Warden’s job more than hunting, fishing

Limestone County Game Warden Trent Marker shows some sets of antlers from deer that were illegally killed by local hunters. Also shown is a telephone device that was used to send an electrical current into a body of water, which stuns fish and brings them to the surface – another illegal hunting method. Marker found the device in Lake Limestone. Mexia News photo/Roxanne McKnight

By Roxanne McKnight
Staff Writer

Trent Marker is the only game warden assigned to Limestone County, and that usually keeps him busy checking on all those who like to hunt and fish.

Being a game warden is not often thought of as a dangerous assignment, but he was injured Oct. 4 when he and a fellow game warden were involved in a car wreck while pursuing a man they had seen driving without lights on a country road. Marker’s supervisor at Texas Parks and Wildlife, Capt. Michael Hanson, reports that Marker is still in rehabilitation but is expected to be back at work in a few weeks.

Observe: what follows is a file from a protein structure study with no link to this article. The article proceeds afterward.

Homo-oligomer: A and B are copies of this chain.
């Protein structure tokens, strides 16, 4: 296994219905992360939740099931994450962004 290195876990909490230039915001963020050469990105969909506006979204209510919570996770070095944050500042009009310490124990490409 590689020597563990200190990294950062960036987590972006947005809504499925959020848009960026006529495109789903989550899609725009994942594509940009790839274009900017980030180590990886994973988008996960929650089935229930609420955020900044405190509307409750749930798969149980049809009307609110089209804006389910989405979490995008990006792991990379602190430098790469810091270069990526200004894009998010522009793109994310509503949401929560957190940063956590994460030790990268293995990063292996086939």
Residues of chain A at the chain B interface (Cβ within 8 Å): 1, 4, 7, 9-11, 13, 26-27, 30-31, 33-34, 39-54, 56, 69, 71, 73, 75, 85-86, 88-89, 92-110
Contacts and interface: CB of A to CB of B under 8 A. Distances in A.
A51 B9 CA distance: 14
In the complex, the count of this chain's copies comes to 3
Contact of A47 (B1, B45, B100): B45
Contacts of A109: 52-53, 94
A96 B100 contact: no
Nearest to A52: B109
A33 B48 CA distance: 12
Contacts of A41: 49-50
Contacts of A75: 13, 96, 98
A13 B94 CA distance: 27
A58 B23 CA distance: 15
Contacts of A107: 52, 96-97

Just before the accident, Marker spoke to the Rotary Club of Mexia about his job and where his duties take him.

“It just depends on what time of the year it is as to where I am or where there’s a lot of enforcement action,” he told the Rotarians. “On the lake, on the river, fishing and boating enforcement. Right now dove hunting is big, so I spend a lot of time around Coolidge and Mexia, where there’s a lot of dove hunters; Prairie Hill, down towards Ben Hur. When deer season starts, I’ll spend a lot of time in the Kosse area.”

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